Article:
Help At Your Fingertips

Start now to prevent and manage chronic diseases

The numbers do not look good.

As of 2010, more than half of Singapore's adult population between 18 and 69 years old have high cholesterol, four in 10 are overweight or obese, a quarter have pre-diabetes or diabetes and about one in five has hypertension.

Doctors and public health officials suspect that many people are yet to be diagnosed and, among those who have been diagnosed, many are not doing enough (if anything) to bring these conditions under control, said Dr Lim Su Lin, chief dietitian at the National University Hospital.

The sad thing is that because of the high rate of chronic diseases in the community, people think that it is normal as their friends also have the same problem, she said.

The burden of chronic diseases lies not only in bringing the physiological abnormalities (such as being overweight and having high blood sugar and high blood pressure) back to normal.

Left untreated, the associated complications may lead to disability, escalating healthcare costs and premature death, she said.

For instance, obesity is a risk factor for diabetes, heart disease, arthritis and stroke. Untreated and uncontrolled diabetes leads to coronary heart disease, kidney failure, blindness and limb amputation.

Chronic diseases are sometimes called lifestyle diseases.

A recent study found that unhealthy behaviour and lifestyles such as unhealthy eating, smoking, drinking too much alcohol and not exercising can shorten your life by as many as 12 years, she said.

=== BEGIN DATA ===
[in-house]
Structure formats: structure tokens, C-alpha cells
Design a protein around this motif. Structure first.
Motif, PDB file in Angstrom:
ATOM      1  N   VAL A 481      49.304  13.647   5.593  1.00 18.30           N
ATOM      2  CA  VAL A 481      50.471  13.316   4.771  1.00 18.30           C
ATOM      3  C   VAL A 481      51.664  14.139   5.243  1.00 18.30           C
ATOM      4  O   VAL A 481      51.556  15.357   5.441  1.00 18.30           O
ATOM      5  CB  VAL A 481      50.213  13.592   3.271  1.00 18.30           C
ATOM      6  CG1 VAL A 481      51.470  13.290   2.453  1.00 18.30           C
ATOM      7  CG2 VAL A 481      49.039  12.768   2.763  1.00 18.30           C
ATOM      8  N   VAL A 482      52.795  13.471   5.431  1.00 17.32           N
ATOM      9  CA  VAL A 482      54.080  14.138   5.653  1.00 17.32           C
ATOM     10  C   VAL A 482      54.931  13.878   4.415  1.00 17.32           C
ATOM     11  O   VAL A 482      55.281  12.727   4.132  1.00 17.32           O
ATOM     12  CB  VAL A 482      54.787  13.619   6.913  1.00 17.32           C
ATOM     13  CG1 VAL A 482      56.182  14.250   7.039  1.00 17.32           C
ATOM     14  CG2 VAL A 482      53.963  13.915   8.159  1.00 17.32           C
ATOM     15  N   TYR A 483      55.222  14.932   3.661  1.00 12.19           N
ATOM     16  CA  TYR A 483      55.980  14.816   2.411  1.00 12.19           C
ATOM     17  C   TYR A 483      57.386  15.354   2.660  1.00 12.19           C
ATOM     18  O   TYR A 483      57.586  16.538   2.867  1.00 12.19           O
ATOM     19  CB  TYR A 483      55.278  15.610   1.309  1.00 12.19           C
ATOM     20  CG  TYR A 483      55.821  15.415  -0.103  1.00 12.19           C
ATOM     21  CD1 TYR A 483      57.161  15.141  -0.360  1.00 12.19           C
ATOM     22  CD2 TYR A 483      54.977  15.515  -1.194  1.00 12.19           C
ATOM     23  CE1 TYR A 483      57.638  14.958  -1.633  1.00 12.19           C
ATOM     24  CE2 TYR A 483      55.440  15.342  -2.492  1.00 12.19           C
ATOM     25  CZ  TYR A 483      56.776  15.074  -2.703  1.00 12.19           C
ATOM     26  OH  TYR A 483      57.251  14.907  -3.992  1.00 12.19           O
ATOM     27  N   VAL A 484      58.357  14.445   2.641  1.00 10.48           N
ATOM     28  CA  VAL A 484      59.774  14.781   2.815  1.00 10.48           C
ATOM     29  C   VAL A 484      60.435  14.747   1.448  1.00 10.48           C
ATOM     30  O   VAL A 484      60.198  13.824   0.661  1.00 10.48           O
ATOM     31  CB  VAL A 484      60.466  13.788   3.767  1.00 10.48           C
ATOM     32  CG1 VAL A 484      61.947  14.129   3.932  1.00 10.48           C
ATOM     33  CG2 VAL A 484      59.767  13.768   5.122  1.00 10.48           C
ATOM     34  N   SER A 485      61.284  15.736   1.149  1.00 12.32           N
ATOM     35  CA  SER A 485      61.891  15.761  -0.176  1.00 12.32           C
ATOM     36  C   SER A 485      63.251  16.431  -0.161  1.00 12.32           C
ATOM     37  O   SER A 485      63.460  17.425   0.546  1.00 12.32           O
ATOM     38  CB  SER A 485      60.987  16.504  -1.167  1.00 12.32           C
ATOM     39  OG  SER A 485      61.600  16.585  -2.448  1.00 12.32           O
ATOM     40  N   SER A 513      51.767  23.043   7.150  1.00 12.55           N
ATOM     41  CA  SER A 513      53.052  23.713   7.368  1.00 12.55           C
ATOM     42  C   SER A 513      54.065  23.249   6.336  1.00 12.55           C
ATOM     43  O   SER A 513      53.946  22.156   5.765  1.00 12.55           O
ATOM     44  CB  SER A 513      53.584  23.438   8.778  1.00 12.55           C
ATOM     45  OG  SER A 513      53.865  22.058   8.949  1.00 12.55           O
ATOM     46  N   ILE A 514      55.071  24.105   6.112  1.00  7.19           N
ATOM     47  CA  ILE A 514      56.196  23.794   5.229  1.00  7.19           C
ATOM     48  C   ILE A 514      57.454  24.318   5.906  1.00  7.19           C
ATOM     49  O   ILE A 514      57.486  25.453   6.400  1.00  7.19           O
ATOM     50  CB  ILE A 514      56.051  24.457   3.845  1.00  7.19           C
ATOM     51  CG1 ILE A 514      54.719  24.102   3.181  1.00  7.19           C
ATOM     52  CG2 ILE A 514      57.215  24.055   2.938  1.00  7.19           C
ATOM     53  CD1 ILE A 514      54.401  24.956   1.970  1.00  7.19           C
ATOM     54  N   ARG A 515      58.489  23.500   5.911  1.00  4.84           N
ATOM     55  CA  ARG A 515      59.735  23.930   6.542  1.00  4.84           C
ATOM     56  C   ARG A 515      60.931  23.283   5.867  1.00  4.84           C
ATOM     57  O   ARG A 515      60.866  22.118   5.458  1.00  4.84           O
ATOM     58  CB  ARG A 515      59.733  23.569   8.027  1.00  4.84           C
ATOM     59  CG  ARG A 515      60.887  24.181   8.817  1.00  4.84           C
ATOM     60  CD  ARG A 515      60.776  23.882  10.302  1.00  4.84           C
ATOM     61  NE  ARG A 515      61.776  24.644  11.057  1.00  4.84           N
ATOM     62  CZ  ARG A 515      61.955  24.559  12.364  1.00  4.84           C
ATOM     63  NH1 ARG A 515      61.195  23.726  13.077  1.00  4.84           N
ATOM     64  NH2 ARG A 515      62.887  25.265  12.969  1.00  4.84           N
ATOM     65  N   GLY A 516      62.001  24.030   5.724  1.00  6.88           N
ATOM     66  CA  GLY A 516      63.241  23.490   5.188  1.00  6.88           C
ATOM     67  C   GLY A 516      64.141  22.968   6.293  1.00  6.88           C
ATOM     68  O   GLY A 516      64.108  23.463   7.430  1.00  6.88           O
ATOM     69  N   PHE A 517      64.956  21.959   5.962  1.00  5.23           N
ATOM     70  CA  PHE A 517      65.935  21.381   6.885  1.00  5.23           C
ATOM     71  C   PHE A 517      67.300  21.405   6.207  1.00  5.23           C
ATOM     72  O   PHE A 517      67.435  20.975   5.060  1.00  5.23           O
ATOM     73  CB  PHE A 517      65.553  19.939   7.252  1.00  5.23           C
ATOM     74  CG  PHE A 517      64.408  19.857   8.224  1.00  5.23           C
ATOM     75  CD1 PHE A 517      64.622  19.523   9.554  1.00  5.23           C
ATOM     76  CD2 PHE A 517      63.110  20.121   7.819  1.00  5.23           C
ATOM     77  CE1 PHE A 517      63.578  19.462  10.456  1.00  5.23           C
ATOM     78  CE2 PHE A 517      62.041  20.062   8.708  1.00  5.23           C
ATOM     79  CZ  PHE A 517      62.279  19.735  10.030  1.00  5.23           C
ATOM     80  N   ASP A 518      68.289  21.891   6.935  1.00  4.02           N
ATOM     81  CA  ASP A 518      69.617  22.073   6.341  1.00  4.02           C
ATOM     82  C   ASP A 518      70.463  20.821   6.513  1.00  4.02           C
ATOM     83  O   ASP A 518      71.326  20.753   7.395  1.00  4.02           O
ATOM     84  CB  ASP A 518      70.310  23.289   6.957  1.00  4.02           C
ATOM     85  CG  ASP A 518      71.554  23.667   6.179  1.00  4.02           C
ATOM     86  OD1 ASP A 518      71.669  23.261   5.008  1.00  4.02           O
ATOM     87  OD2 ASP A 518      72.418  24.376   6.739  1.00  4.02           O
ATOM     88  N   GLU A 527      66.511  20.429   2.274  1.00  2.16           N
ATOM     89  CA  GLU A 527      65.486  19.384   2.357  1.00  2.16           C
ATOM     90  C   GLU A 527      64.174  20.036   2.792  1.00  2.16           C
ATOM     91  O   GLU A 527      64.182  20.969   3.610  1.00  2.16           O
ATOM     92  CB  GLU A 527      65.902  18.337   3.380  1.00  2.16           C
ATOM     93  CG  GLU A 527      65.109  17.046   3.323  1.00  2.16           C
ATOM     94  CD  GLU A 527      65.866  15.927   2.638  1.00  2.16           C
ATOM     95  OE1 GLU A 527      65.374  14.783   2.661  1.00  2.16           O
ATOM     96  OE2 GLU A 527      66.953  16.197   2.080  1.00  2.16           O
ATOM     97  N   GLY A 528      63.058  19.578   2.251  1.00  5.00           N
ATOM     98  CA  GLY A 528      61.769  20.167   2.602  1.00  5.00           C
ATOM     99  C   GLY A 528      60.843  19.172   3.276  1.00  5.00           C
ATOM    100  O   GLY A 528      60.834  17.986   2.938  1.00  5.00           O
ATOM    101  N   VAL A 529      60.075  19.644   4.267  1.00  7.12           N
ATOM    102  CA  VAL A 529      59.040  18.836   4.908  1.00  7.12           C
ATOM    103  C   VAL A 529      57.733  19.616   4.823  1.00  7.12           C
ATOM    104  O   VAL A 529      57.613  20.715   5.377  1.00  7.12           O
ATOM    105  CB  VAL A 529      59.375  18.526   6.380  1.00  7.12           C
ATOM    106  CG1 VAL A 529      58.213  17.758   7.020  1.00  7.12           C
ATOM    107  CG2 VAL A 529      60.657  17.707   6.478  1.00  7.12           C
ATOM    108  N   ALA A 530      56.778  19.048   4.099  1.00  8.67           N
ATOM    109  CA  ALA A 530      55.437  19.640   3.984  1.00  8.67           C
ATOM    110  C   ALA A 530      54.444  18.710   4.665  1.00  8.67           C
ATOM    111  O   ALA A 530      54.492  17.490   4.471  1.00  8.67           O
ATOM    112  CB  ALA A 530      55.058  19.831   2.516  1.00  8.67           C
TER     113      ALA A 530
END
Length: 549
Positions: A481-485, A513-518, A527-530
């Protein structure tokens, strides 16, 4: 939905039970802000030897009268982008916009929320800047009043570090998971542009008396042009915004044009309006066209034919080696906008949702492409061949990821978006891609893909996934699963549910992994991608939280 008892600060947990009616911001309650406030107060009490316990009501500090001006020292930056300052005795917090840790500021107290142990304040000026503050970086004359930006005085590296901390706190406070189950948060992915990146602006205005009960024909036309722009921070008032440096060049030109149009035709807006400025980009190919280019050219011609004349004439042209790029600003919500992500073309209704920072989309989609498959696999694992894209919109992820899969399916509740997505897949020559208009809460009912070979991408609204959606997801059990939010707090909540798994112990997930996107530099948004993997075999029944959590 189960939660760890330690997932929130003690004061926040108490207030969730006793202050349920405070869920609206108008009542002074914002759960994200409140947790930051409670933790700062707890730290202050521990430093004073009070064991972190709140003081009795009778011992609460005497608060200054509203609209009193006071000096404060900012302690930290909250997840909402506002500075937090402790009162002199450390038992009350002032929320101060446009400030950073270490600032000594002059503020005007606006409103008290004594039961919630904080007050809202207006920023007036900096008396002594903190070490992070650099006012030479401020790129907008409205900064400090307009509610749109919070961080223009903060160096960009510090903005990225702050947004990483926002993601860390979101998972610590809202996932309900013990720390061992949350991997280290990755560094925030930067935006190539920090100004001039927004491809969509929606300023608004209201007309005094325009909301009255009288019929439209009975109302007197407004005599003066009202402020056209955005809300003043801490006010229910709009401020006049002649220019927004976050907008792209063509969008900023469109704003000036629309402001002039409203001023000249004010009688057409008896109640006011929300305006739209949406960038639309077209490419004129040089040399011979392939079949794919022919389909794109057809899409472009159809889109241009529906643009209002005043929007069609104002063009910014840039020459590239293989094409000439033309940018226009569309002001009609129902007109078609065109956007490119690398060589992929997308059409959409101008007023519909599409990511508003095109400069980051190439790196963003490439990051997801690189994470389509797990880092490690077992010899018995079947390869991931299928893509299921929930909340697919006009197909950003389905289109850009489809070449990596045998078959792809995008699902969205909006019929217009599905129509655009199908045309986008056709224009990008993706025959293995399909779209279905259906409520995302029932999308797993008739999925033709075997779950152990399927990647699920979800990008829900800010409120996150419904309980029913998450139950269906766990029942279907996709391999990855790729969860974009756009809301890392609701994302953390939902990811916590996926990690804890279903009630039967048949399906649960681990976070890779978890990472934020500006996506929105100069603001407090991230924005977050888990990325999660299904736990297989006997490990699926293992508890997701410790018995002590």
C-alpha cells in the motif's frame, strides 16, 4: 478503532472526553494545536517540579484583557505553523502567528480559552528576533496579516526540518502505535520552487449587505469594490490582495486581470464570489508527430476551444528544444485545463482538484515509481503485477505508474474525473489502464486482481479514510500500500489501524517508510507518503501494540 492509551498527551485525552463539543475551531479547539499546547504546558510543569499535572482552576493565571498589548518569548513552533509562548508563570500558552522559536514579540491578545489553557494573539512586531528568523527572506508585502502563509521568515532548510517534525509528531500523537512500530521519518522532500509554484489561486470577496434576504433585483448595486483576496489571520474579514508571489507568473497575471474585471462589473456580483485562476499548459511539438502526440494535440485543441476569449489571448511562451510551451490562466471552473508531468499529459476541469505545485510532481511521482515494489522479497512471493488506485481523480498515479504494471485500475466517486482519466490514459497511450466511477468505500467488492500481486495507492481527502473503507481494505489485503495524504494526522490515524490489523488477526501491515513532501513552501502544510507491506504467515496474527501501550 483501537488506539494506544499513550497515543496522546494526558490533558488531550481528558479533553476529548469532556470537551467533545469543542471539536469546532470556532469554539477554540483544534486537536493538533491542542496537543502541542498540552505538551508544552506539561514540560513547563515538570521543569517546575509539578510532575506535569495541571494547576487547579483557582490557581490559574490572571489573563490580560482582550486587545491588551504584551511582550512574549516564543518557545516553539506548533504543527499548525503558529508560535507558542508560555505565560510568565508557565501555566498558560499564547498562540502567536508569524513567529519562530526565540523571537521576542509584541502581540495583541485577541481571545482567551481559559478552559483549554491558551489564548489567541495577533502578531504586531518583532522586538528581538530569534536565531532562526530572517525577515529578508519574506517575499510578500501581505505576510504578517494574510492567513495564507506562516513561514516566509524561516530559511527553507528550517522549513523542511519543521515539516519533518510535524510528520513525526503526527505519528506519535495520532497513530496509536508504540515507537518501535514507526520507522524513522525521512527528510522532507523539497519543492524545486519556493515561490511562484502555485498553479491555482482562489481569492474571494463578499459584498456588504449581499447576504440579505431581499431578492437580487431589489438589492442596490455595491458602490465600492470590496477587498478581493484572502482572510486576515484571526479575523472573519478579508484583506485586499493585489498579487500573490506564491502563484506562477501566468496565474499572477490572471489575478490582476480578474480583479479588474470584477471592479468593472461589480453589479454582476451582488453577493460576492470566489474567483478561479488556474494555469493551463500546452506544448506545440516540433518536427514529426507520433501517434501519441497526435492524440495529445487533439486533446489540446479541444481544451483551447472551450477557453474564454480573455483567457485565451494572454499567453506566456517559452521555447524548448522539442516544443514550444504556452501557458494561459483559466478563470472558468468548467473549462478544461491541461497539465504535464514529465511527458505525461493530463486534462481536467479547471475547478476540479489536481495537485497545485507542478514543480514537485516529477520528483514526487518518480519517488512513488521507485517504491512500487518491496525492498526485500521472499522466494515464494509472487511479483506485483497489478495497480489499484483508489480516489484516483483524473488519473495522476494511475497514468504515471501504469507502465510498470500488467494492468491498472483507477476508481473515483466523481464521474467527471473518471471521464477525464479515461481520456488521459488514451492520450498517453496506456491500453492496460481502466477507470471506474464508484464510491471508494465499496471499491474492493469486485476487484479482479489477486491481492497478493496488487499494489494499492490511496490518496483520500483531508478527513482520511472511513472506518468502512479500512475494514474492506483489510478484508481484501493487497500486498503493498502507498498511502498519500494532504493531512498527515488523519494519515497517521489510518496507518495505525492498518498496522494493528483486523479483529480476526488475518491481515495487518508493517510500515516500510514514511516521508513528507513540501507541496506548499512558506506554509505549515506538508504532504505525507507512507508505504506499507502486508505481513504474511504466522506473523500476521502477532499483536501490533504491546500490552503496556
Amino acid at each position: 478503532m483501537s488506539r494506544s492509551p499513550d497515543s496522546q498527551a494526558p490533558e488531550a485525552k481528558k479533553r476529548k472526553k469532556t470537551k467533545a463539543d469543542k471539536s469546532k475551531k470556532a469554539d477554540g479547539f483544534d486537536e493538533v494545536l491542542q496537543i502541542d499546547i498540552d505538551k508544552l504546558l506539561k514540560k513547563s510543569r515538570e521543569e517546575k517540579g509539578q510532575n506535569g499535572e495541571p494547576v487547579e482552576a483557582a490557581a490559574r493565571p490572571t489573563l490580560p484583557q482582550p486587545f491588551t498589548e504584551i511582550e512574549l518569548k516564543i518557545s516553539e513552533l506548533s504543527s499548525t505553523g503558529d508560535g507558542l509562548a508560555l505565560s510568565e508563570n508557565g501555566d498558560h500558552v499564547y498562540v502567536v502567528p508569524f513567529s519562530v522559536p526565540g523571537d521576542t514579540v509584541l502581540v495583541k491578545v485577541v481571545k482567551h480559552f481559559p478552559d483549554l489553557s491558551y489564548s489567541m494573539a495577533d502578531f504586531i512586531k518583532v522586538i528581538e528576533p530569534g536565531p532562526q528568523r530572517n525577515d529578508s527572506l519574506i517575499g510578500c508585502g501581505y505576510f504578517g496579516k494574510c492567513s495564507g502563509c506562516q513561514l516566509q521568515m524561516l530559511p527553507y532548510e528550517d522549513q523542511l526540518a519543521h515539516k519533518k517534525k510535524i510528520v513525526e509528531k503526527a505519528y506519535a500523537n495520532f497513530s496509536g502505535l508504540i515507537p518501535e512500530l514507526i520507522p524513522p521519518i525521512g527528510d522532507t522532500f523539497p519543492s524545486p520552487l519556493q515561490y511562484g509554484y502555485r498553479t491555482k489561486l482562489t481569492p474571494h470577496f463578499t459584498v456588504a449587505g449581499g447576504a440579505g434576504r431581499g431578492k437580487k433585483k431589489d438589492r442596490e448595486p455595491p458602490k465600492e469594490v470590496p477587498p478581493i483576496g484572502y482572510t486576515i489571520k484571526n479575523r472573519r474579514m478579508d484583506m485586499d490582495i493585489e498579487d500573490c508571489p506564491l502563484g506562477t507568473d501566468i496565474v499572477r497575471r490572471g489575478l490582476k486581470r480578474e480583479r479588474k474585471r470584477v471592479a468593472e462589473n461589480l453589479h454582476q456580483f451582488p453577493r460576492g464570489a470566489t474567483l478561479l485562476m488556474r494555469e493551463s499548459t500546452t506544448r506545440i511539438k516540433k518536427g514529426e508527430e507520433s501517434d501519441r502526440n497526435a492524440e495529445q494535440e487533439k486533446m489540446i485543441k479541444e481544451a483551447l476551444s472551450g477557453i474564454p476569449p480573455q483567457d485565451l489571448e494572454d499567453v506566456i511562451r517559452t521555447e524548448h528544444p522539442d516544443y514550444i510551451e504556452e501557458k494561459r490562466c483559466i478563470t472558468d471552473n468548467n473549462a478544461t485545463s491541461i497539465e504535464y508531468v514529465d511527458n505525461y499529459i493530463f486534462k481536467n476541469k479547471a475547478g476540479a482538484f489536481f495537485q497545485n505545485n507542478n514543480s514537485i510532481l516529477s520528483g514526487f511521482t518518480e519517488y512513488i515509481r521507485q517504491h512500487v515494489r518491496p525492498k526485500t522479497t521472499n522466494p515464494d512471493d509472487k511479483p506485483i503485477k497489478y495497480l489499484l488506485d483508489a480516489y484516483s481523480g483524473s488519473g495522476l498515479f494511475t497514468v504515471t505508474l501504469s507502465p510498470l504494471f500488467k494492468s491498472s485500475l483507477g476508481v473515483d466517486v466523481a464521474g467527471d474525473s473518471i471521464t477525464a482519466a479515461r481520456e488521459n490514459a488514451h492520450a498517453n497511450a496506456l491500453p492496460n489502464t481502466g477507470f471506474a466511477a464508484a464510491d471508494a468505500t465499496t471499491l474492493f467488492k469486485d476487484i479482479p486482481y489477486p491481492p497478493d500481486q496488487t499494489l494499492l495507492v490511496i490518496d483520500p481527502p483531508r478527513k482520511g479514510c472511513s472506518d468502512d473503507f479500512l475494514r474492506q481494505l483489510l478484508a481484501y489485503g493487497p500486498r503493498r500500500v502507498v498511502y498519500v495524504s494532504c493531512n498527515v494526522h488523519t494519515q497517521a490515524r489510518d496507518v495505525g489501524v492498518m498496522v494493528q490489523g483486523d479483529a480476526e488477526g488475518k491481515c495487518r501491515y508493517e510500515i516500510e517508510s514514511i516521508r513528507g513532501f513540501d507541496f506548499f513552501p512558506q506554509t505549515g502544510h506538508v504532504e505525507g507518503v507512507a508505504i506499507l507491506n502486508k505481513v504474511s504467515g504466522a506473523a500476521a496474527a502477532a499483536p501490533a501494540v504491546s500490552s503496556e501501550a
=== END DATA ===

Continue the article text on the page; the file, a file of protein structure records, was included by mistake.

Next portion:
If your chronic diseases are not controlled, you will likely suffer poor quality of health for 15 years before dying of complications of the diseases, she added. But do not just sit back and accept the inevitable.

There are positive steps you can take to prevent or manage these chronic diseases, one of which is to maintain a healthy lifestyle and weight.

Dr Lim gives some lifestyle tips on how to get there:


Choose food that contains minimal amounts of unhealthy fats, such as trans fats and saturated fats.

Foods that are high in trans fats include those made with "partially hydrogenated oils" such as pastries, confectionaries, fried food, pizza and cookies.

Foods that are high in saturated fats include lard, fatty meat, cakes, fast food, pizza and full-fat dairy products.

However, your diet may include moderate amounts of healthy fats, such as polyunsaturated, monounsaturated and Omega-3 fats.

These should still be taken in moderation to prevent weight gain.

Limit your intake of sugar that is found in soft drinks, beverages with added sugar (such as coffee, tea, chocolate drink), processed fruit juices, sweets, cakes, desserts and pastries.

Choose wholegrain carbohydrates instead of refined carbohydrates. For example, choose wholegrain bread instead of white bread, and brown rice instead of white rice.

Choose fish, chicken without the skin, beans, tofu or lean meat for protein instead of fatty meat.

Choose foods that are prepared with healthier cooking methods. These include food that is steamed, grilled, baked, stewed, boiled or airfried instead of deepfried.

Include fruit and vegetables in your daily diet. And do not overeat - know when to stop.


Include exercise or activities as part of your daily routine. It is recommended that you exercise about three times per week for 30 to 60 minutes each time so that it becomes a habit.

You can also incorporate activities into your daily routine by taking the stairs instead of the lift, parking further away from shops and walking there instead, and taking a quick walk during your lunch break or walking to work or home.


Avoid or drink alcohol in moderation. Take no more than one standard drink (one can of beer, half a glass of wine or one shot of hard liquor) for women and two standard drinks for men per day.


Do not smoke. It is associated with a variety of health risks, including heart or liver disease and many cancers.

Ng Wan Ching

A version of this article appeared in the print edition of The Straits Times on September 27, 2016, with the headline 'Start now to prevent and manage chronic diseases'. Print Edition | Subscribe